Gabe Carimi is no longer a member of the Chicago Bears. Last night GM Phil Emery dealt him to the Tampa Bay Bucs for a box of potato blintzes and a measly sixth-round draft pick. I will spare readers of this column the Jerry Angelo bashing you're going to find around the Bears-based internet today. We all know Angelo struggled in the early rounds of the NFL draft. I won't be writing about Angelo because I don't think this move should be viewed through the lens of negativity that skews his tenure. This move isn't about him. It's about Emery. It's about the continually arriving landscape change on the Lakefront.
The Bears will no longer be a franchise content with insufficient talent on one side of the ball. No longer will Devin Hester be uncomfortably forced into the wide receiver position. No longer will J'Marcus Webb be allowed to haphazardly protect the blindside of the franchise quarterback. No longer will a player like Carimi be kept on the active roster strictly because he was selected among the first thirty-two individuals in the draft.
Offense is no longer an afterthought. 'Tis a priority. Yes the Bears will still play defense. They always play defense. But that group will no longer be the first unit out of the tunnel. Linebackers have been the face of this organization for many-a-generation but unfortunately linebackers don't score too many touchdowns. Touchdowns win football games.
This should not have taken so long. The Bears have approached offensive football in much the same manner the newspaper industry approached the internet. They ignored it and ignore it and ignored it, even as it usurped all other media forms. That ignorance led to a general irrelevance and the firing of a bunch of folks who probably should not have lost their jobs.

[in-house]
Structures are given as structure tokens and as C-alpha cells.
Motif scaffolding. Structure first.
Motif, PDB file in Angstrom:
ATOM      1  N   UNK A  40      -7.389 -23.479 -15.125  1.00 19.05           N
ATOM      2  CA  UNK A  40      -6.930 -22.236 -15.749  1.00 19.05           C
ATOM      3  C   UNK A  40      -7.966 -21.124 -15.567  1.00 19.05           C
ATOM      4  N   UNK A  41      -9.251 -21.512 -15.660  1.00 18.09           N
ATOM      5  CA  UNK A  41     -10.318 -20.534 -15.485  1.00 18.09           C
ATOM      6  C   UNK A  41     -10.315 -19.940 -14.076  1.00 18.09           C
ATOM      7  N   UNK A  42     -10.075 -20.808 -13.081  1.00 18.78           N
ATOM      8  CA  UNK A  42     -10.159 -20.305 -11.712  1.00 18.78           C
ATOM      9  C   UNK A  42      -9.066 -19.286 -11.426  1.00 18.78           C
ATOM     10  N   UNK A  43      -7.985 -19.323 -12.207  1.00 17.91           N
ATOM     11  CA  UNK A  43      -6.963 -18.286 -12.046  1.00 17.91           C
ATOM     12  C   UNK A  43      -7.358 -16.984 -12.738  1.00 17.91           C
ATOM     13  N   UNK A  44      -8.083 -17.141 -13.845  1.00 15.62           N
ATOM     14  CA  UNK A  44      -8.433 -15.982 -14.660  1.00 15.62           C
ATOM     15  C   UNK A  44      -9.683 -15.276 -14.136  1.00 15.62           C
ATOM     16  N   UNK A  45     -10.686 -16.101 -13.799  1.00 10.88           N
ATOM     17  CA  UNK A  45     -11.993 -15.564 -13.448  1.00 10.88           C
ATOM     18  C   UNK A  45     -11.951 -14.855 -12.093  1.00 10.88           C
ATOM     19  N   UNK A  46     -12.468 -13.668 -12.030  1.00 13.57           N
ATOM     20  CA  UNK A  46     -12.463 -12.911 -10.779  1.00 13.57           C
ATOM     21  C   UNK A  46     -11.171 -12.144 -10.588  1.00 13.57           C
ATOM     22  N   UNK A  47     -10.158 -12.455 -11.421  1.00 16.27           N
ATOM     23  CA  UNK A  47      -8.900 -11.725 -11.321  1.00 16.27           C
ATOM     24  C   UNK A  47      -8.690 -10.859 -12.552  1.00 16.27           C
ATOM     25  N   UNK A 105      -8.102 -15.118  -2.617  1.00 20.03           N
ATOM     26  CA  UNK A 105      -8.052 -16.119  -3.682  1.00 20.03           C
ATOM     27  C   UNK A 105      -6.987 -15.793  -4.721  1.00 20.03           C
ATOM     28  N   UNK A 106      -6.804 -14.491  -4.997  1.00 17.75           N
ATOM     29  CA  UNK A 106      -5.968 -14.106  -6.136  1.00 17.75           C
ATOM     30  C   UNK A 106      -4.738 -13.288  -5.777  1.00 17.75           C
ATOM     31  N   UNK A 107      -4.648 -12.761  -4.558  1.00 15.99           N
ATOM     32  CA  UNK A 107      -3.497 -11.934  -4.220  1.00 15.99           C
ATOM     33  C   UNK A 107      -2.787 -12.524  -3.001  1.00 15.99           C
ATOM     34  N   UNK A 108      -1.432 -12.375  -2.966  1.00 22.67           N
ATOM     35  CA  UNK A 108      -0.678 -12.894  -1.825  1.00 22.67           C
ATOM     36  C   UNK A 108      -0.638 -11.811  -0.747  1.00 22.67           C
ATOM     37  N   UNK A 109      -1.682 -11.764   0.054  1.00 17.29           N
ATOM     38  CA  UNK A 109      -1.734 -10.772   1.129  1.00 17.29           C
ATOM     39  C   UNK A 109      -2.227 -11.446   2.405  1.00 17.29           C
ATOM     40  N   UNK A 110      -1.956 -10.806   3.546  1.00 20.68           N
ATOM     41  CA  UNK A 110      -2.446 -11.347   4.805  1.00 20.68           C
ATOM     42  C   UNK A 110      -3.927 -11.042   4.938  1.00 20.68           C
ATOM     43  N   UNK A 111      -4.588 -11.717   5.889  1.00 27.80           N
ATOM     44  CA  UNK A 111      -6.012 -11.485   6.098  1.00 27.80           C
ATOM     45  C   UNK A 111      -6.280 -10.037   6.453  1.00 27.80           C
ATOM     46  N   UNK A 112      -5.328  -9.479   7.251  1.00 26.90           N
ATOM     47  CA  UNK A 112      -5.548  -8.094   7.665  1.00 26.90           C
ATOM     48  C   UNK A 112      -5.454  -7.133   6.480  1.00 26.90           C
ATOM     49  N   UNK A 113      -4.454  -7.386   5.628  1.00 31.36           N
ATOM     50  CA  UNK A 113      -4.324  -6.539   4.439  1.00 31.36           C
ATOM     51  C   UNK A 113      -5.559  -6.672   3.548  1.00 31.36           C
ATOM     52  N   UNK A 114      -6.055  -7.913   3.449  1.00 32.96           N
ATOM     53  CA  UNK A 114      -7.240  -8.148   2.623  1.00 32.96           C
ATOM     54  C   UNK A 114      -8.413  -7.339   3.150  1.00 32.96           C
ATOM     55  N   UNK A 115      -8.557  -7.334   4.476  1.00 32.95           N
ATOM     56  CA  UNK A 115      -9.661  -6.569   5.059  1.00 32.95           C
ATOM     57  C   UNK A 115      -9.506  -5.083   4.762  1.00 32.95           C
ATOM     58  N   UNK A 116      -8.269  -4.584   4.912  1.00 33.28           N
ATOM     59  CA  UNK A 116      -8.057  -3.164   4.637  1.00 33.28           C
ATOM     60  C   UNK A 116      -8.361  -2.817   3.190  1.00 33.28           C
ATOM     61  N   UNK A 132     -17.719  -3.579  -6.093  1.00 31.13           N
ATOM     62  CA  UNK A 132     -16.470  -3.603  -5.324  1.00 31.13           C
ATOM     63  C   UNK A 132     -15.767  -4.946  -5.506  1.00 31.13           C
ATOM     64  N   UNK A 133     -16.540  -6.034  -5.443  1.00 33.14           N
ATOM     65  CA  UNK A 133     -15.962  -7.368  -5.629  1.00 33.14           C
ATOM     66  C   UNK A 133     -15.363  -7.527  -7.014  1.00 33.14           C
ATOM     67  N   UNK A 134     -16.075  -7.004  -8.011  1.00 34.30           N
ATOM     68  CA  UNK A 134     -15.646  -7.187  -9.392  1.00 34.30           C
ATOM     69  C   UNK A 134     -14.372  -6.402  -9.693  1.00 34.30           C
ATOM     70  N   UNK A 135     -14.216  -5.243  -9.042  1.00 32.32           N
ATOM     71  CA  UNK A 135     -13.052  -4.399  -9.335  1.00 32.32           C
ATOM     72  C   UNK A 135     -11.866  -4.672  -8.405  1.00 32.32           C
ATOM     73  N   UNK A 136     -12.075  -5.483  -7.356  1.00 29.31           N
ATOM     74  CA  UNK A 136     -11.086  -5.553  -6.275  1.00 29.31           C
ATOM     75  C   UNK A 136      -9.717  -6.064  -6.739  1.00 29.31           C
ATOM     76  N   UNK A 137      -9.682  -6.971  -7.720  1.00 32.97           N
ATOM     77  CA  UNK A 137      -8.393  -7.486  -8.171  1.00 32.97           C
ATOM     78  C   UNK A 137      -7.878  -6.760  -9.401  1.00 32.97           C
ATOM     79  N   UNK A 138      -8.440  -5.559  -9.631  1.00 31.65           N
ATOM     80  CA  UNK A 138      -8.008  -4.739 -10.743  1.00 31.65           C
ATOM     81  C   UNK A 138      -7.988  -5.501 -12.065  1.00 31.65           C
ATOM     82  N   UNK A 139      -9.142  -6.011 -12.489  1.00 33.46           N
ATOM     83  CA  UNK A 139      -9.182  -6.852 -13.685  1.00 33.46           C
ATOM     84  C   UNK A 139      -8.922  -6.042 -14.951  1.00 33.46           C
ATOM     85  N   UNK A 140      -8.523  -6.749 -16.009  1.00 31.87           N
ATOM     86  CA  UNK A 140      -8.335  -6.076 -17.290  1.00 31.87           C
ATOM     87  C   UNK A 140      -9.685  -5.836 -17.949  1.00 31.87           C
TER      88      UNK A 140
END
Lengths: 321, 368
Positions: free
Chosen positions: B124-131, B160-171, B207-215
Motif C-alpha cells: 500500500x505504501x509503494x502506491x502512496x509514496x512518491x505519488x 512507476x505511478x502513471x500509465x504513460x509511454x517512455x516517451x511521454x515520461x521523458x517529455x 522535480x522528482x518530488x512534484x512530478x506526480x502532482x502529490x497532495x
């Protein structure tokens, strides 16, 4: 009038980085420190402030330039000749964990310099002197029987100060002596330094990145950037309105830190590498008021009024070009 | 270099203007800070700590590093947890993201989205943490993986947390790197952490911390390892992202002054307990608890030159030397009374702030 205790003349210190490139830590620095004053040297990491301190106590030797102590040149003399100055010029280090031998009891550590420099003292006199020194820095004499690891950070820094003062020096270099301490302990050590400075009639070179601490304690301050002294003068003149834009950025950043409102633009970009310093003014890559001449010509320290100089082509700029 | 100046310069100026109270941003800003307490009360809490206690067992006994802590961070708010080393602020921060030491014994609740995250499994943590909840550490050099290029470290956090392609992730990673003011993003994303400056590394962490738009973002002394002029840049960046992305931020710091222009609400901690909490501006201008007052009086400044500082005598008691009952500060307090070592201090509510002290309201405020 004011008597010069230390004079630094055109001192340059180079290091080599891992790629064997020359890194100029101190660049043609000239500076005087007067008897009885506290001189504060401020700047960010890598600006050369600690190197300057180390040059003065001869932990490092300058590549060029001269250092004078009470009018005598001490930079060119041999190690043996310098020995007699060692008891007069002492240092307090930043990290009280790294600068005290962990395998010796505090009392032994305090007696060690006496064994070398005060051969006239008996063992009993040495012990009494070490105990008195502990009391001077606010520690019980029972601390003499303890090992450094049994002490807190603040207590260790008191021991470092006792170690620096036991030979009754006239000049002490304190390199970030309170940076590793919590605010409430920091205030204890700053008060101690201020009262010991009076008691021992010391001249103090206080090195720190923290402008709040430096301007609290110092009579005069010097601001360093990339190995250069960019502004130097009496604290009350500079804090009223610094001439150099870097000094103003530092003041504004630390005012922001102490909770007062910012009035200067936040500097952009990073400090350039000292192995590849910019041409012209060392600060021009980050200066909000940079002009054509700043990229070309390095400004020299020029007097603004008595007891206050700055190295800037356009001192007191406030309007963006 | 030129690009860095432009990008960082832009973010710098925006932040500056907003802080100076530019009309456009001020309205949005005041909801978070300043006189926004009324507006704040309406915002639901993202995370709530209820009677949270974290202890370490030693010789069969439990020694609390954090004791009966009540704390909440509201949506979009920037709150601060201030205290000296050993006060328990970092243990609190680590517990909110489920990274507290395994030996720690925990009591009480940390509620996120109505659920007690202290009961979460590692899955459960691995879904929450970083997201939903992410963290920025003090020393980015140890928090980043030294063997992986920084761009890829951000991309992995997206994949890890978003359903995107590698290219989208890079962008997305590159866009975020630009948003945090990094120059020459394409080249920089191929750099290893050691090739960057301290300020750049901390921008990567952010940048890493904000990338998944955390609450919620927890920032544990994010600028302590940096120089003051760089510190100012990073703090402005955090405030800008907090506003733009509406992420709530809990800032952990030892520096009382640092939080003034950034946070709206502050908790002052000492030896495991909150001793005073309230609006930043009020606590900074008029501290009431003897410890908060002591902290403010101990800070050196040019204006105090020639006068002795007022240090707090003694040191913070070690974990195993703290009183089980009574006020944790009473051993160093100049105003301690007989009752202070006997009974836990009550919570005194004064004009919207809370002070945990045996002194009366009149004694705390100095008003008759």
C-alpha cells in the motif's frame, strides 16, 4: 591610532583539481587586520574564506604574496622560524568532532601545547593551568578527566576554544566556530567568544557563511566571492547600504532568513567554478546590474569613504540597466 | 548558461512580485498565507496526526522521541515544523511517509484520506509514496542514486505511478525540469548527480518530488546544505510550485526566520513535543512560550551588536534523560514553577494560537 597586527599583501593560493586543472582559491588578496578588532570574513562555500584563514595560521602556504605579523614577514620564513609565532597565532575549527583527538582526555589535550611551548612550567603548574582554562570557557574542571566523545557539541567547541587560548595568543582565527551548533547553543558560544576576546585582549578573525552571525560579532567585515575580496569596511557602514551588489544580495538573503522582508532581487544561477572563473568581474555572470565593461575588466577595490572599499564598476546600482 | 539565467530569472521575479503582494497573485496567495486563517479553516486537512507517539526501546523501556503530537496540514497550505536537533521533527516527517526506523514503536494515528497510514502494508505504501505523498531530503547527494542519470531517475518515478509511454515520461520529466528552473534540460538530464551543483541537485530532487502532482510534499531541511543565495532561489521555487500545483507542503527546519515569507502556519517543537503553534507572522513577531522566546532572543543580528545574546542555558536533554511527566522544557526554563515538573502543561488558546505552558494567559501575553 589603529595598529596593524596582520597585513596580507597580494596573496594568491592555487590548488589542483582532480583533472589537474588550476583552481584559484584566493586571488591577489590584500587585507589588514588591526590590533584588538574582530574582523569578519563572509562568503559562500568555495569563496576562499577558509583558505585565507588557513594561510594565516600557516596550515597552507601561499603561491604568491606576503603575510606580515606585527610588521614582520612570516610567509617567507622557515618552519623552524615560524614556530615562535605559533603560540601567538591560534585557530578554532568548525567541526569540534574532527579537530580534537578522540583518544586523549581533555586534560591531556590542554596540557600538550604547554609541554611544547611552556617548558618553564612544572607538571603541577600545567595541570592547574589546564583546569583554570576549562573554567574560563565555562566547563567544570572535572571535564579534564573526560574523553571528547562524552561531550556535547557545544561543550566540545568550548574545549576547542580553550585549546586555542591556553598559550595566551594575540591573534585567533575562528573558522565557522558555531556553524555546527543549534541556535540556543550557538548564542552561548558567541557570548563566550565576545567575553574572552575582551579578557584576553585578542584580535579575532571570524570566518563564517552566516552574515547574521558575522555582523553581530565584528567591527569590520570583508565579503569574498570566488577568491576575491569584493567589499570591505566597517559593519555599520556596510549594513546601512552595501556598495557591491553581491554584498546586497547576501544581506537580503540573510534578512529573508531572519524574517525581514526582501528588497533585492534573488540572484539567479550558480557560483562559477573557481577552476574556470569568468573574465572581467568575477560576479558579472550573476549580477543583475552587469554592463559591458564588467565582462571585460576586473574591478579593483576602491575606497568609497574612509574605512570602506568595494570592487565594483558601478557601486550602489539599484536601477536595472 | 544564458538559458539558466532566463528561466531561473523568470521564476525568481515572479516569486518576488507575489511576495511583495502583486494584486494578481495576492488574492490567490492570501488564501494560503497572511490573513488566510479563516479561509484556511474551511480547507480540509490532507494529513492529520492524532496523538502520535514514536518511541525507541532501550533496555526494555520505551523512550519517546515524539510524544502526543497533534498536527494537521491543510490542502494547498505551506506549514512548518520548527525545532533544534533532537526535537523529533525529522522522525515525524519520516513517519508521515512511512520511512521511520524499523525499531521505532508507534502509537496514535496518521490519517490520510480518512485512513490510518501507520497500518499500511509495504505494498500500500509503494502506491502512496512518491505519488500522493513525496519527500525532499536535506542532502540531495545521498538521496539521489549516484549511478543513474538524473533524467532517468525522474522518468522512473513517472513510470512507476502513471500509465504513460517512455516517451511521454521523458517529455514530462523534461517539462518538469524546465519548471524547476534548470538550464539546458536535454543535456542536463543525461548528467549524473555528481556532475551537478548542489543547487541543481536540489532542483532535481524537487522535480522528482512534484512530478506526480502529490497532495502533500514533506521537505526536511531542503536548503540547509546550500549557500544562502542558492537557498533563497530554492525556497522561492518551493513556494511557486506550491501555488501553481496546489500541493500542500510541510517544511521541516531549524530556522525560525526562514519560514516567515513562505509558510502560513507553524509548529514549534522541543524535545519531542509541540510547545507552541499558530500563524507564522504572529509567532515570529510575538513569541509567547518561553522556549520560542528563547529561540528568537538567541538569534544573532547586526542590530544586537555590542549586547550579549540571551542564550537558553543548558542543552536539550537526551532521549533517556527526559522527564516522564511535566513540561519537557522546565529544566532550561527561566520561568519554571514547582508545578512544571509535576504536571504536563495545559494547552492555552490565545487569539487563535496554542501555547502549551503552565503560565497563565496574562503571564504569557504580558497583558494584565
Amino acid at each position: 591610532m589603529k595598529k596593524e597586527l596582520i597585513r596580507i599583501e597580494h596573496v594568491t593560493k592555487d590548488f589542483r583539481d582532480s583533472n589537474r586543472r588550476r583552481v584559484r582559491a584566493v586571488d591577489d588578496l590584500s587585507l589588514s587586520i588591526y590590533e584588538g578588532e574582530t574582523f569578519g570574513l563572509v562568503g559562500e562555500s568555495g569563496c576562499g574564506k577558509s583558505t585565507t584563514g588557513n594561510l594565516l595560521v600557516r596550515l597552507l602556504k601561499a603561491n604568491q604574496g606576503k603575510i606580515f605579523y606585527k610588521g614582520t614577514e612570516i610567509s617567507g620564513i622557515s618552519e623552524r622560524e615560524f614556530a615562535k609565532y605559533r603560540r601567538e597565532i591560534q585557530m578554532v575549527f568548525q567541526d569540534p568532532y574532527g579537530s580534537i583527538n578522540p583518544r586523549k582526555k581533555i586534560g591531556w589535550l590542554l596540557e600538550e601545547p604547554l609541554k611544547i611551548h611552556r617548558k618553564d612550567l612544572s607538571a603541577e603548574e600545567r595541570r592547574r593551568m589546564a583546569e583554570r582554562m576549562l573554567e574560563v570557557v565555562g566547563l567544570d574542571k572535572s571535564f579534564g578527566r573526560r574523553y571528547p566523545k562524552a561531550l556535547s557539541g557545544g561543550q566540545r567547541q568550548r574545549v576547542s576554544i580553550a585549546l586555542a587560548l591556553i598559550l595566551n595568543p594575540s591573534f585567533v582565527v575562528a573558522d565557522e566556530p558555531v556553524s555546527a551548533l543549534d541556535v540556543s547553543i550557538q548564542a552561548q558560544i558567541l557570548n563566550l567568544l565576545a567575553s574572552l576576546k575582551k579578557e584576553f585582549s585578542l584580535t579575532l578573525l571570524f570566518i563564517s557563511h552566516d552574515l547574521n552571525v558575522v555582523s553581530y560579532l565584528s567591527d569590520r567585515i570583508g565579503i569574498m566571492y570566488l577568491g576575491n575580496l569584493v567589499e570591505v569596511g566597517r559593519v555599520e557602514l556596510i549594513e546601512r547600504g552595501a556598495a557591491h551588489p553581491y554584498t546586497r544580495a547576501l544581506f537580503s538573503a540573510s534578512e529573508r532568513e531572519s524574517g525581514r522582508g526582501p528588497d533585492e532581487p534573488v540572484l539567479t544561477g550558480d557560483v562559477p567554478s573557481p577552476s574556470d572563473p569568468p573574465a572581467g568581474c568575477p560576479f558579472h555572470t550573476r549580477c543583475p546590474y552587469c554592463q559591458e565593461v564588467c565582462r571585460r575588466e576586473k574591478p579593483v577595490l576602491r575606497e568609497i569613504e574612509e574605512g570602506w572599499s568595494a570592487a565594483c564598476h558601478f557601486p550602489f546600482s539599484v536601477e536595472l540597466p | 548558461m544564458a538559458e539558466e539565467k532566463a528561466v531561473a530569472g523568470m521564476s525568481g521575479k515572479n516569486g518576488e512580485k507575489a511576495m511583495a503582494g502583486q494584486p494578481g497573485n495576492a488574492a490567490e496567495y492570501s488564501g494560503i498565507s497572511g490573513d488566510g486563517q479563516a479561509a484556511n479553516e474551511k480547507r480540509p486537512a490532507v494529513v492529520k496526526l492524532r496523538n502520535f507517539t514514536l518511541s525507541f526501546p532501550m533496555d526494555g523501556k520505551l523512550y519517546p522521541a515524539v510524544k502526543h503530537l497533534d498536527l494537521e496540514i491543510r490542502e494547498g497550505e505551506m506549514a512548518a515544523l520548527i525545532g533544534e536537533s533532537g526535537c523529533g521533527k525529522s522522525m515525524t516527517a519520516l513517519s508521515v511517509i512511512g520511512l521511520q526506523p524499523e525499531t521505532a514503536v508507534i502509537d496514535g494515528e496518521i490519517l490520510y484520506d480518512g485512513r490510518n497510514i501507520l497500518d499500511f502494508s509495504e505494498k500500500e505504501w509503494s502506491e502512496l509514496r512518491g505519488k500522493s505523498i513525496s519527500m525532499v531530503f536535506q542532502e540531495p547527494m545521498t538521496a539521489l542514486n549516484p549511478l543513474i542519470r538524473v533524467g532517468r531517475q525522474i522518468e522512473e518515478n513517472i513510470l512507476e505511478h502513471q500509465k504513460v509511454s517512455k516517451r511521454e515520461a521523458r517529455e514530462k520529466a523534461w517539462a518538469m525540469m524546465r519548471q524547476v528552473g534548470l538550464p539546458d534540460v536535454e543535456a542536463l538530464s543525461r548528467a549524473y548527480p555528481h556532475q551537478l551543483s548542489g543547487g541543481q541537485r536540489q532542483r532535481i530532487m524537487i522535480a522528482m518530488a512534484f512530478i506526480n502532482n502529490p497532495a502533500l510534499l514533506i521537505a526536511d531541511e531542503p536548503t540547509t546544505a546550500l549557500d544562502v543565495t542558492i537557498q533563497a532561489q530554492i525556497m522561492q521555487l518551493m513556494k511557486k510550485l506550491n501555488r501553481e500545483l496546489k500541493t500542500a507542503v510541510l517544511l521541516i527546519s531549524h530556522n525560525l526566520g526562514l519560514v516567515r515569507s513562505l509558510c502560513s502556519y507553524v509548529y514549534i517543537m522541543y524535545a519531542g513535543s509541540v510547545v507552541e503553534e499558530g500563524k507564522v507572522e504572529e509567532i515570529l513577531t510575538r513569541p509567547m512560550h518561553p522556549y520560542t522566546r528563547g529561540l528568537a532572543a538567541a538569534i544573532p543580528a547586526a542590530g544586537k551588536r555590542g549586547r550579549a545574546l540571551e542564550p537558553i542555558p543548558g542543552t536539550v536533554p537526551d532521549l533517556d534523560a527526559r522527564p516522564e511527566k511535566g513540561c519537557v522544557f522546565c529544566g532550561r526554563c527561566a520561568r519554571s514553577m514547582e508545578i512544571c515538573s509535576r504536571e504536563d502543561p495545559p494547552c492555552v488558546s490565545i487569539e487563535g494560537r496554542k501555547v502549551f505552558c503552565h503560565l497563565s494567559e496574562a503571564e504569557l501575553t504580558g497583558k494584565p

Now the Bears are playing catch-up. In year one of his tenure Phil Emery acquired two significant pass-catching weapons for his franchise quarterback. In year two he has added an offensive-minded head coach and several talented front line blockers. Emery's approach to the organization can be summarized simply: he understands the objective of football is to score more points than the other guys and he's adding human beings capable of achieving that goal.
The approach is to be celebrated. Professional. Tough. Clear. Phil Emery knows what he wants on the offensive side of the ball and the Bears have not been able to say that since number thirty-four was in the backfield. But results are, of course, are a must. The Bears can't drop to a seven or eight-win team in 2013 and write it off to a new coaching staff. The Bears won ten games in 2012 and, at least on paper, are a far more talented team this coming season.